This guide provides resources, tips, and information on programs that can help farmers reach their farm business goals. No matter where you are in this process, whether you want to learn how to farm or you are ready to access credit to support and grow your operation, this guide can help you figure out where to start and assess the options available to you. Download the guide to get started on the right path to farm business success!

Urban Agriculture Spotlight: White Center Food Bank

White Center Food Bank Urban agriculture is empowering communities across King County. Whether it’s reintroducing culturally significant foods in an area where they are scarce, or giving people access to land in order to learn a new skill, the impact is felt far and wide.

The Local Food Team began sharing the stories of a selection of Urban Farmers from the South County Urban Ag Network to highlight the benefits of urban agriculture three months ago. We will continue by sharing White Center Food Bank's story, which is the final story of this series.

The mission of White Center Food Bank is to nourish community, nurture self-reliance, and embrace White Center’s rich cultural diversity. They operate a grocery store on site, which includes a baby pantry for diapers, formula, and baby food, and run mobile food bank programs for seniors and disabled customers, and manage community gardens down the street.

The food bank is situated in White Center, a small, non-annexed area bordered by West Seattle, Burien, and Highline. Food banks are a critical source of community support for individuals and families struggling with economic hardship that leaves them without enough money to buy food.

The mission of White Center Food Bank is not just to provide people access to any food, but culturally relevant food. The majority of food bank customers are immigrants, and their cultural foods aren’t provided by the typical food bank.

For people in many cultures, eating and sharing their food is a method of connecting with family, culture, ancestors, and spirituality. Having access to fresh, culturally relevant food nourishes not only the physical body, but the spirit in intangible ways.

Continue reading White Center Food Bank's story and other urban agriculture stories. Image of the inside of the White Center Food Bank grocery store, courtesy of Esmeralda Manjarrez.

Tukwila Village Food Hall grand opening this spring

Have you read Fortune’s recent article about the innovative ways restaurants are improving eating and community experiences around the country? If so, you may have heard about a new food hall opening in Tukwila.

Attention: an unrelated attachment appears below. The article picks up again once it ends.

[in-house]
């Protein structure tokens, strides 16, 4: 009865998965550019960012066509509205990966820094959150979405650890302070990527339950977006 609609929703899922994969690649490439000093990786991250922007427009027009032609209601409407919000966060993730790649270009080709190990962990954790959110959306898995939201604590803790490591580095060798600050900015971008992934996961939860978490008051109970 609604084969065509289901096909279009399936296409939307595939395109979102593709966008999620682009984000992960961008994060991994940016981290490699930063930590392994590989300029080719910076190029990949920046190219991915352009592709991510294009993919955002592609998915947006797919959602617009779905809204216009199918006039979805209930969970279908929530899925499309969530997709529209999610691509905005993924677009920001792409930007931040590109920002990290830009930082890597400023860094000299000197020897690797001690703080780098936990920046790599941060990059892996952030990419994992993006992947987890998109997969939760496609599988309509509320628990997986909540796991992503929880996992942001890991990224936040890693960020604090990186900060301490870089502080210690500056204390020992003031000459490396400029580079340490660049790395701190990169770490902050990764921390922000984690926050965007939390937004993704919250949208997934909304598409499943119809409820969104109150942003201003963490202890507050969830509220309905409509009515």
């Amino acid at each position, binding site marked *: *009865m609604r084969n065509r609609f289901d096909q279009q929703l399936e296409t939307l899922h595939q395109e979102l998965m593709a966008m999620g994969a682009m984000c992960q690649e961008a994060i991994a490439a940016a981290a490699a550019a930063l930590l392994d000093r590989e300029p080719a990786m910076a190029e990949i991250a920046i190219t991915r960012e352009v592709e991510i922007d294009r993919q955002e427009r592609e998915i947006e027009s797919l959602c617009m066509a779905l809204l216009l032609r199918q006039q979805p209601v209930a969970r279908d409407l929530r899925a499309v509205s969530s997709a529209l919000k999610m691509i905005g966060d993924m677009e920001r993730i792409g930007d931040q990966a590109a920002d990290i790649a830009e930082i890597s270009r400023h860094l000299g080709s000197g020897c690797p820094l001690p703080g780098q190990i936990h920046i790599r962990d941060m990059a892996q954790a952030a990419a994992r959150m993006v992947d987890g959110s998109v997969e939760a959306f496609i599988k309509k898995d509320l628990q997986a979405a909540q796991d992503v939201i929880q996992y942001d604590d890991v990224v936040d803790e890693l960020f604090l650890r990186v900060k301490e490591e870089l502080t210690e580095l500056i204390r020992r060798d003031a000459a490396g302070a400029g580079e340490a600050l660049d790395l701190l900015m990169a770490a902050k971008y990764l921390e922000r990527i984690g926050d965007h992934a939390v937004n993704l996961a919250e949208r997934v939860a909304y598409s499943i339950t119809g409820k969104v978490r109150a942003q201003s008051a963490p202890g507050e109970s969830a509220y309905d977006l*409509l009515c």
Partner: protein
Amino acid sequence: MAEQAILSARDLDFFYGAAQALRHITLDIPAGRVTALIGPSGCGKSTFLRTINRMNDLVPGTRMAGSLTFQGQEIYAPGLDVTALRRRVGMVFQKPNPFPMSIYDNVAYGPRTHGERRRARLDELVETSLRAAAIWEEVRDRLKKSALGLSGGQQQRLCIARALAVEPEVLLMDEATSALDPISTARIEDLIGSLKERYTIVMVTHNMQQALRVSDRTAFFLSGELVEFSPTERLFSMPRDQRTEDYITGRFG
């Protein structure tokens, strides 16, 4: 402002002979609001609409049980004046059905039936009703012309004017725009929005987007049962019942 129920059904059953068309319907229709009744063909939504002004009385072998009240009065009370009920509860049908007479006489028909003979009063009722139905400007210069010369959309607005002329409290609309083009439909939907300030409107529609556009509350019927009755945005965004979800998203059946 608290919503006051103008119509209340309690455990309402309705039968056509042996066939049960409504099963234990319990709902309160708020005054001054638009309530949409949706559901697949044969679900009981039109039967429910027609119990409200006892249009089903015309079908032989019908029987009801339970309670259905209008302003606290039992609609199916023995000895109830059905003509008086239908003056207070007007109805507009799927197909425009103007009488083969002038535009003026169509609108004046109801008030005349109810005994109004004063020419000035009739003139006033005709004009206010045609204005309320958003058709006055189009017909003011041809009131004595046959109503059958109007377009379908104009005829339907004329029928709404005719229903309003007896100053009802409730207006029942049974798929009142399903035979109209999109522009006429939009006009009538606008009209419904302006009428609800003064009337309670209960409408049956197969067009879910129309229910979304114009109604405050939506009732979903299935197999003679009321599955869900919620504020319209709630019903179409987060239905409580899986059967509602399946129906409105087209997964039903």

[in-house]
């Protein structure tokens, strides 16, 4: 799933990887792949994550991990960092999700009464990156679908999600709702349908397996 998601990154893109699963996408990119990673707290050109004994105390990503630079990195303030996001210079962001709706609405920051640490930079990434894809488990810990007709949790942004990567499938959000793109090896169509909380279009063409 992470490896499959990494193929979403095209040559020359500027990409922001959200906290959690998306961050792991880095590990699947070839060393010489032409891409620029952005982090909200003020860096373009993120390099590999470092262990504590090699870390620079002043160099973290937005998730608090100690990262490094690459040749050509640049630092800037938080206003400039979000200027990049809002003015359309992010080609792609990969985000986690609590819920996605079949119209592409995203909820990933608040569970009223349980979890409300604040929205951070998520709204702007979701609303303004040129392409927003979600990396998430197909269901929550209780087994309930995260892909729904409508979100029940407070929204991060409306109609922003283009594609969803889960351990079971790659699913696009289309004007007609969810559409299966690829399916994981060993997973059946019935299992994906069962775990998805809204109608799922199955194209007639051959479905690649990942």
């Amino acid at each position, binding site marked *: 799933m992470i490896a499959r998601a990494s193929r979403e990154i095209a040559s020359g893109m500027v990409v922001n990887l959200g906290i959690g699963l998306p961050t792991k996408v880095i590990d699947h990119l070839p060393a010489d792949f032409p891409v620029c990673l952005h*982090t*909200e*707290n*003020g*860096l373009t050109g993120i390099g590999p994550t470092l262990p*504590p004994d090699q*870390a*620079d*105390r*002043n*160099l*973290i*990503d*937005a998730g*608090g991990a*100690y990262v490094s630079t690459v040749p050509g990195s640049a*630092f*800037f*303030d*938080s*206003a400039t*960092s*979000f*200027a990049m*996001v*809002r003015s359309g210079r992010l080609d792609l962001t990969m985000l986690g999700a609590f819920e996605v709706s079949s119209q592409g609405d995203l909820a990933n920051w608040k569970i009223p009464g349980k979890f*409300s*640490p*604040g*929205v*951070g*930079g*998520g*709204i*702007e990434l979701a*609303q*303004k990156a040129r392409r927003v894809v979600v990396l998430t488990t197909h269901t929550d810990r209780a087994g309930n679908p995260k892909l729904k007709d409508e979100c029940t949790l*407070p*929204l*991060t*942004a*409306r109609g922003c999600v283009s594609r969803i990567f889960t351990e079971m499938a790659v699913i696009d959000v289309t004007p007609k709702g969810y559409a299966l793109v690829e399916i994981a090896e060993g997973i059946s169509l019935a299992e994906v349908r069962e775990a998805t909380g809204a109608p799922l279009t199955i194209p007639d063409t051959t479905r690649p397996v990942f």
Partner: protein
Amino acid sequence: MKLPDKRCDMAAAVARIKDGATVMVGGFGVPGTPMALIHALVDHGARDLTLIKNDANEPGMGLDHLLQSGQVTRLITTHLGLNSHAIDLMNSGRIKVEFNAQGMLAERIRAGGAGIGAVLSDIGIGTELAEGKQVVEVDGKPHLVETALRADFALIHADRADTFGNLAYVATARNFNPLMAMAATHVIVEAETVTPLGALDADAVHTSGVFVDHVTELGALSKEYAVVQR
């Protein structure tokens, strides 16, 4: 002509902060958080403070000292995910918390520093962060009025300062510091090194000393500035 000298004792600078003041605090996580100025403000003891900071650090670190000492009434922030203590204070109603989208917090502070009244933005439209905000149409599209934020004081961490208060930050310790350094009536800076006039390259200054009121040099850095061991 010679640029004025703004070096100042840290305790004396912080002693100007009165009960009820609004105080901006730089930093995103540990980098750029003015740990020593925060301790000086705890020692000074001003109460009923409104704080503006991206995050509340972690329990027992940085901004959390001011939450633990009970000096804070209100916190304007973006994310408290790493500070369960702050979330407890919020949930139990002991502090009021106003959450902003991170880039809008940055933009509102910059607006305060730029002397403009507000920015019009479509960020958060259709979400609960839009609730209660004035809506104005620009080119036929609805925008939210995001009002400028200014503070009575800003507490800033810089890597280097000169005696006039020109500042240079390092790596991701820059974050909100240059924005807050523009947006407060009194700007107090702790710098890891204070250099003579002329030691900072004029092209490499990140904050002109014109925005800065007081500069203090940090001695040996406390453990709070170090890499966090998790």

The Local Food Team recently spoke with Kara Martin, Food Innovation Network (FIN) Program Director, about the grand opening and importance of the Tukwila Village Food Hall to food entrepreneurs in King County.

This spring, FIN will open Tukwila Village Food Hall, the future home of the FIN’s Food Business Incubator to help entrepreneurs launch food businesses, providing training, mentorship, subsidized commercial kitchen access, and support with permitting, licensing, menu planning, and marketing.

The Food Hall will support local entrepreneurs who are an important part of King County by providing access to a commercial kitchen, restaurant space, and a community hub – a place where people can gather to learn about and celebrate the community’s rich food traditions.

The new food hall facility will help low-income women, immigrants, and refugees launch and build food businesses. The commercial kitchen will accommodate up to twenty businesses, nine of which will sell prepared food in the dining area. The names of those businesses will be announced soon, so please keep an eye out for more details.

Read more on King County DNRP's blog.

Food Hub Feasibility Study: Closing the gap in our local food system

The local food system is comprised of a diverse array of stakeholders — small and medium sized farms, food entrepreneurs, farmers markets, small food distribution companies, food banks, and more – all of whom require right-sized infrastructure to produce, process, and distribute products and serve their customers.

Much of the existing regional food system infrastructure is either not accessible or not of the proper scale to meet the needs of small and medium farms and food businesses in our region. This includes a need for processing, packaging, dry and frozen storage, and transportation capacity, that if developed, could increase markets for locally produced products, increase access to fresh produce in under-served communities, and help to foster new relationships and opportunities among food system stakeholders.

Read more.

Survey says… Washington farmer-landowner relationships are important for on-farm conservation

In November, American Farmland Trust (AFT) released the Washington state fact sheet summarizing results from its Non-Operating Landowners (NOLs) survey that surveyed individually or partnership-owned lands. This survey revealed that there is significant opportunity for increased conservation practices on rented land to improve soil quality.

Read more

New WSU Extension Publication

A new Publication on soil organic matter is now available from WSU Extension: Understanding and Measuring Organic Matter in Soil.